International standards for operating weathering test apparatuses using Fluorescent UV and Xenon Arc lamps often include requirements for relative spectral power distributions (SPD’s) of the light sources. These SPD’s define ranges for what percentages of a given light source’s irradiance fall within a specified bandpass, e.g. 290-320 nm or 360-400 nm.
Important sets of SPD reference tables are provided in both ASTM and ISO standards. Fluorescent UV spectral tables are provided in ASTM G154 and ISO 4892-3, while xenon arc requirements are found in ASTM G155 and ISO 4892-2. These tables are defined for three different general classifications of lamps and filters: Daylight (outdoor sunlight), Window (behind glass), and Extended UV (UVB-313).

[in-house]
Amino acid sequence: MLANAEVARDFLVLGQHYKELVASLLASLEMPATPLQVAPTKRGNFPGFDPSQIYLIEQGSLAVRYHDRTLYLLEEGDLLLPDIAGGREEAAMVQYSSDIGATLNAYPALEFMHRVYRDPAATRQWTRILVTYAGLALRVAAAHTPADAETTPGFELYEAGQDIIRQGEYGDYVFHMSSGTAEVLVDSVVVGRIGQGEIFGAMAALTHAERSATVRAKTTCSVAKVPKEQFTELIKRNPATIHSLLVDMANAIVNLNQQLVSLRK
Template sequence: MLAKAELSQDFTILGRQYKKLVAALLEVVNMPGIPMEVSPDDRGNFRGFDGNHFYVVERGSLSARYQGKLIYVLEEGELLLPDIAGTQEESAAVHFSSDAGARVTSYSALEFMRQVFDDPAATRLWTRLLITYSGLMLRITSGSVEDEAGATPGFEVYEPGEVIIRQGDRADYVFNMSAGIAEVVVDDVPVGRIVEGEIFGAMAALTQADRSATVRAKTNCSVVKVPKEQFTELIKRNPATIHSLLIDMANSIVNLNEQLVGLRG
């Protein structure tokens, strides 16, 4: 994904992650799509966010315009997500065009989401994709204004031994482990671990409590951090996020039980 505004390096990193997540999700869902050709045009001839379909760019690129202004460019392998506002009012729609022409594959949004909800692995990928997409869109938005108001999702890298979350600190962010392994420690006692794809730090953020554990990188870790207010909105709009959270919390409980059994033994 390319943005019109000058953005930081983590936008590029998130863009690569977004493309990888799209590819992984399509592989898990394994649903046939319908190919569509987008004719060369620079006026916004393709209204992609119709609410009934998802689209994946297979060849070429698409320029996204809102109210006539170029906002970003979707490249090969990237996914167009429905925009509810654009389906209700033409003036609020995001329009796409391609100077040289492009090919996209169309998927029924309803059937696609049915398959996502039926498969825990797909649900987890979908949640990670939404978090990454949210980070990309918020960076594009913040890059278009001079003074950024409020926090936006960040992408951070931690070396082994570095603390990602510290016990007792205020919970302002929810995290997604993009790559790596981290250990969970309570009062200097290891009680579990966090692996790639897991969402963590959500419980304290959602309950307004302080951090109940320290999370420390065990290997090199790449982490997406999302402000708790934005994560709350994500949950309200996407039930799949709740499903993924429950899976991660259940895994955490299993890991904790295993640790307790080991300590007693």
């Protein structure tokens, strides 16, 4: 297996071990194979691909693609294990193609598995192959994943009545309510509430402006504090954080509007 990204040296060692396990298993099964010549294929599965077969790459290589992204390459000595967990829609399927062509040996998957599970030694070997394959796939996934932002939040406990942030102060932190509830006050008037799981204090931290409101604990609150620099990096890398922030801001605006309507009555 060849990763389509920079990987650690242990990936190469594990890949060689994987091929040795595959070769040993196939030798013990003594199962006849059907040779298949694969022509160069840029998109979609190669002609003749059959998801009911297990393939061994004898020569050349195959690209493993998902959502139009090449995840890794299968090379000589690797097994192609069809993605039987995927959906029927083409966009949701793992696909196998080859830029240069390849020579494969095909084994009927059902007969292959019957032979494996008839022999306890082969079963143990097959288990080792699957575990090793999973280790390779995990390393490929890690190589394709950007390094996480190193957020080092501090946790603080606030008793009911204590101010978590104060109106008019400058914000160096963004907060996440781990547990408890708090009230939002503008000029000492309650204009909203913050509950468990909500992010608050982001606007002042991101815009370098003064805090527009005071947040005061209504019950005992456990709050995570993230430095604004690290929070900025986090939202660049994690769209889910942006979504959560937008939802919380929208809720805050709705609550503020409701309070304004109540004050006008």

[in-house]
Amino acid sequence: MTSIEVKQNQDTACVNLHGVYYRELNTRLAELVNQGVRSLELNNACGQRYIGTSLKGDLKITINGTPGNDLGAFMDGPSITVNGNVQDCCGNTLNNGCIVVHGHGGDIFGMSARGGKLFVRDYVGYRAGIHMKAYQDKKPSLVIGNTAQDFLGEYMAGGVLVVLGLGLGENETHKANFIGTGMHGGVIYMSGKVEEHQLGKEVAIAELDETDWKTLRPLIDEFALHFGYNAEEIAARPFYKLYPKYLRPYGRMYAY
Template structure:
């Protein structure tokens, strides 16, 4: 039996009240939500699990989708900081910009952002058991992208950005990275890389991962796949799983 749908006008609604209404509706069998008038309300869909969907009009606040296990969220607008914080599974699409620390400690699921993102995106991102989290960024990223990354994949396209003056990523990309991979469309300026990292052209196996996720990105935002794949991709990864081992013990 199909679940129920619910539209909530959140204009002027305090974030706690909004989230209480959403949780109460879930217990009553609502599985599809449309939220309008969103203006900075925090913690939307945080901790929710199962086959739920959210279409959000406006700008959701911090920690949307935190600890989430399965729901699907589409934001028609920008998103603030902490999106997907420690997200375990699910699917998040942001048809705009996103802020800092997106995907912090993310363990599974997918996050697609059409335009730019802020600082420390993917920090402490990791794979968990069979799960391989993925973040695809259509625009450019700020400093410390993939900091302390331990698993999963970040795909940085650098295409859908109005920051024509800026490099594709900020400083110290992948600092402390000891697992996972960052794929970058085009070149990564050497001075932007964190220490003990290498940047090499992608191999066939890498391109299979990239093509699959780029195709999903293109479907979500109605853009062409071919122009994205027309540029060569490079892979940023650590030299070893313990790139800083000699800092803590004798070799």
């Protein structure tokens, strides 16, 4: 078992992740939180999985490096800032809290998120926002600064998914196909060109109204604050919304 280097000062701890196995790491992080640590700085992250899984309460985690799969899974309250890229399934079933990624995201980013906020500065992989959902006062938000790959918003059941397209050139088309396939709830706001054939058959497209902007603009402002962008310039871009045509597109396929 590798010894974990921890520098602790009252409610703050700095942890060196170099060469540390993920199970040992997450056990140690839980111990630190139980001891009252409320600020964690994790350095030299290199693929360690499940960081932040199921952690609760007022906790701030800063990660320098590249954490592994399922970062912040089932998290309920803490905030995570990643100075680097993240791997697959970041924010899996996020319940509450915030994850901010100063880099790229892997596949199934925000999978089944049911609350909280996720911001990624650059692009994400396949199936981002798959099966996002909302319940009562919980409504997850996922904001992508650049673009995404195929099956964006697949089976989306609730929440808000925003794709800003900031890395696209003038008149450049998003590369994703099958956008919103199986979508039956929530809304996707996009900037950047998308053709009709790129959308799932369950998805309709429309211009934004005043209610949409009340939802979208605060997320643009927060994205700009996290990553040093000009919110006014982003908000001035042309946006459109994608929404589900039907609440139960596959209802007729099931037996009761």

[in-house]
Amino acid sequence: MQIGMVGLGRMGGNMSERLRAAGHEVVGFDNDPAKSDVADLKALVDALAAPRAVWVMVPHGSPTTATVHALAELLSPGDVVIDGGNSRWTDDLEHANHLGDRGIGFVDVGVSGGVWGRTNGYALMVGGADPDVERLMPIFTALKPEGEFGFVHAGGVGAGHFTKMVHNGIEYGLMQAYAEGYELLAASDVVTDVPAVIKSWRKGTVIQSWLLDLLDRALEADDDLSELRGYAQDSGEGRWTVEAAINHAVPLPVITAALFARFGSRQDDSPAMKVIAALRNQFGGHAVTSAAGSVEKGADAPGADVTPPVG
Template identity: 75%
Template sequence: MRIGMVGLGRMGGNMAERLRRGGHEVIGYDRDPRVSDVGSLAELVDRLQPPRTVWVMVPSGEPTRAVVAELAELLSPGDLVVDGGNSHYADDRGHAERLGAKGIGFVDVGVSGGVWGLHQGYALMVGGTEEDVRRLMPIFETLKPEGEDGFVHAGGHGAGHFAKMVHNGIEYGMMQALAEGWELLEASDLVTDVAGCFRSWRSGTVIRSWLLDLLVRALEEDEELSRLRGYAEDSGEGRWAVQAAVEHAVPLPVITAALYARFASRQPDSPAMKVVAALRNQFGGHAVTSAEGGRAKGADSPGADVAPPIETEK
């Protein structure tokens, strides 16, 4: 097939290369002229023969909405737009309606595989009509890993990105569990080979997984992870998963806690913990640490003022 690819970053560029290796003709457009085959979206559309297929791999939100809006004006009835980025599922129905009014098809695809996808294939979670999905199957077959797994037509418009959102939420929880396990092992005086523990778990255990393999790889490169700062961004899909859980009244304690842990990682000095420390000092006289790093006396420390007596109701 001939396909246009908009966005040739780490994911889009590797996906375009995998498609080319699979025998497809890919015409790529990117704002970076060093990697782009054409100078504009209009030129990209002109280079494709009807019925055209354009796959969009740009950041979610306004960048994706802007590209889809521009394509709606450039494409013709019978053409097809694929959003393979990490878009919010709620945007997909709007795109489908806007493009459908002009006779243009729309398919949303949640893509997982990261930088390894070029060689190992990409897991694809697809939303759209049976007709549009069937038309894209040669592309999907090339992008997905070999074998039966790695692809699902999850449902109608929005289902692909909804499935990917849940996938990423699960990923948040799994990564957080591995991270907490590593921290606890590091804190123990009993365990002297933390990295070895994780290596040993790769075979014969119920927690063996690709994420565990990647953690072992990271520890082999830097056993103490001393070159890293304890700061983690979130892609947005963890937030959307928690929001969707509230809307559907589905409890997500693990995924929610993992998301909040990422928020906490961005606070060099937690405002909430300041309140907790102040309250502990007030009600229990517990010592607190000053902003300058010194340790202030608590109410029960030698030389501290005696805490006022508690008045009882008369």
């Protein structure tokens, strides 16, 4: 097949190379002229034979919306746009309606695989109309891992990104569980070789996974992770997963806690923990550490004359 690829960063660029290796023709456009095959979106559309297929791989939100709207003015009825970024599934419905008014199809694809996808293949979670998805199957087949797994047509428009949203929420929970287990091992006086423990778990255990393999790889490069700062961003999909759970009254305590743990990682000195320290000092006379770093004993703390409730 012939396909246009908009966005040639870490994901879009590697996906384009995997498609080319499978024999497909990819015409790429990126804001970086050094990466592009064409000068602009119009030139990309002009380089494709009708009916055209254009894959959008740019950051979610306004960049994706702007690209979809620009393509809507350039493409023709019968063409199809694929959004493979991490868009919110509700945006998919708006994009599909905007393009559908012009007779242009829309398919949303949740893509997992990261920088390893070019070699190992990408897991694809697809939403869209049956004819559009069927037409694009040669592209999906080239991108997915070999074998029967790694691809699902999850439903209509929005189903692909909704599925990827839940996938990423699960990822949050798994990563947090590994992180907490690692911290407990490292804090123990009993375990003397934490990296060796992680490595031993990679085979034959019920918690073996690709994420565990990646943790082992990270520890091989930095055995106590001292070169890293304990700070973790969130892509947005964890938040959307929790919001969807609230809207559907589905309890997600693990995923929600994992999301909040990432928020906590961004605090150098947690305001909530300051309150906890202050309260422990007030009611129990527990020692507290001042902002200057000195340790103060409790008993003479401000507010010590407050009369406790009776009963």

Q-Lab’s standard UVA-340, UVA-351, and UVB-313EL lamps - as well as new UVA-340+ and UVA-313EL+ lamps - all meet the specifications of both ASTM G154 and ISO 4892-3 for Daylight, Window, and Extended UV.
Q-Lab’s standard X-1800 and X-1850 lamps, and new enhanced X-1800+ and X-1850+ lamps, each generate a light spectrum similar to natural sunlight that is modified by optical filters. The following Q-Lab UV filters used in Q-SUN weathering testers meet the spectral requirements specified in ASTM G155 and ISO 4892-2. The latter standard does not include a specification for Extended-UV.
Daylight filters: Daylight-B/B, Daylight-Q, Daylight-F
Window glass filters: Window-B/SL, Window-Q, Window-IR
Extended-UV filters: Extended UV-Q/B
The only Q-Lab standard optical filters that fall outside of these SPD requirements are the Extended UV-Quartz and the Window-SF5 filters. The Extended UV-Quartz filter is required only in a few specialty aerospace standards, while the Window-SF5 filter is used only in automotive standards specifying glass with higher cut-on wavelengths than architectural glass.
More information about Q-Lab's range of lamps and optical filters can be found on our website.